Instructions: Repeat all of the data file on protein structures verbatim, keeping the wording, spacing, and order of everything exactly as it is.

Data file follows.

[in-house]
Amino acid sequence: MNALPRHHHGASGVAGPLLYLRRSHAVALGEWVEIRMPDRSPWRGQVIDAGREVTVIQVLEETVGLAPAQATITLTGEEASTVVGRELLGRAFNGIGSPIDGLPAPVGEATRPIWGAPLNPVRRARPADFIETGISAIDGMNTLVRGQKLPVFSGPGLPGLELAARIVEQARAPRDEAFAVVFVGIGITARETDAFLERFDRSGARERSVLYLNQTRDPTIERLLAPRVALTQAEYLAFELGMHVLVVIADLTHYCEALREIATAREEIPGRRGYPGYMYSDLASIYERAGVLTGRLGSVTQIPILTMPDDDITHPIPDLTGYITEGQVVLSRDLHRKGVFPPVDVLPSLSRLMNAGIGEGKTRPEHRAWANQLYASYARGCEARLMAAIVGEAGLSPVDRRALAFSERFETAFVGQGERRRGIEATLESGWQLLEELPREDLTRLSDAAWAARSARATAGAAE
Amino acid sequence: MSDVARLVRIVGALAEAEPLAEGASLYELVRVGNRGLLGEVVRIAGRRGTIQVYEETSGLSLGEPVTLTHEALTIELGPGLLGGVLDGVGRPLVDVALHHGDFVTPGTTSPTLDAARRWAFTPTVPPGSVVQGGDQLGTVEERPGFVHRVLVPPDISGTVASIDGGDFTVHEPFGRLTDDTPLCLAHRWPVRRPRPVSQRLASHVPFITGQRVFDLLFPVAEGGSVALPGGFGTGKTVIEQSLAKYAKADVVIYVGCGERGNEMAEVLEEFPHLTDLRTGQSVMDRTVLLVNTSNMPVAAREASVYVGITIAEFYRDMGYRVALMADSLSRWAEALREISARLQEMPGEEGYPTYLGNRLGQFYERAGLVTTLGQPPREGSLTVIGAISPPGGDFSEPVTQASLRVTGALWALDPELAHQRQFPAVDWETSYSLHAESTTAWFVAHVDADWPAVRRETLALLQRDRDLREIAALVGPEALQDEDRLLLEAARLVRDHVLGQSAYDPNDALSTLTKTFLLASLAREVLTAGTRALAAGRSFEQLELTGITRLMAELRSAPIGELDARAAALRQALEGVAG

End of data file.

[in-house]
Amino acid sequence: MNALPRHHHGASGVAGPLLYLRRSHAVALGEWVEIRMPDRSPWRGQVIDAGREVTVIQVLEETVGLAPAQATITLTGEEASTVVGRELLGRAFNGIGSPIDGLPAPVGEATRPIWGAPLNPVRRARPADFIETGISAIDGMNTLVRGQKLPVFSGPGLPGLELAARIVEQARAPRDEAFAVVFVGIGITARETDAFLERFDRSGARERSVLYLNQTRDPTIERLLAPRVALTQAEYLAFELGMHVLVVIADLTHYCEALREIATAREEIPGRRGYPGYMYSDLASIYERAGVLTGRLGSVTQIPILTMPDDDITHPIPDLTGYITEGQVVLSRDLHRKGVFPPVDVLPSLSRLMNAGIGEGKTRPEHRAWANQLYASYARGCEARLMAAIVGEAGLSPVDRRALAFSERFETAFVGQGERRRGIEATLESGWQLLEELPREDLTRLSDAAWAARSARATAGAAE
Amino acid sequence: MSDVARLVRIVGALAEAEPLAEGASLYELVRVGNRGLLGEVVRIAGRRGTIQVYEETSGLSLGEPVTLTHEALTIELGPGLLGGVLDGVGRPLVDVALHHGDFVTPGTTSPTLDAARRWAFTPTVPPGSVVQGGDQLGTVEERPGFVHRVLVPPDISGTVASIDGGDFTVHEPFGRLTDDTPLCLAHRWPVRRPRPVSQRLASHVPFITGQRVFDLLFPVAEGGSVALPGGFGTGKTVIEQSLAKYAKADVVIYVGCGERGNEMAEVLEEFPHLTDLRTGQSVMDRTVLLVNTSNMPVAAREASVYVGITIAEFYRDMGYRVALMADSLSRWAEALREISARLQEMPGEEGYPTYLGNRLGQFYERAGLVTTLGQPPREGSLTVIGAISPPGGDFSEPVTQASLRVTGALWALDPELAHQRQFPAVDWETSYSLHAESTTAWFVAHVDADWPAVRRETLALLQRDRDLREIAALVGPEALQDEDRLLLEAARLVRDHVLGQSAYDPNDALSTLTKTFLLASLAREVLTAGTRALAAGRSFEQLELTGITRLMAELRSAPIGELDARAAALRQALEGVAG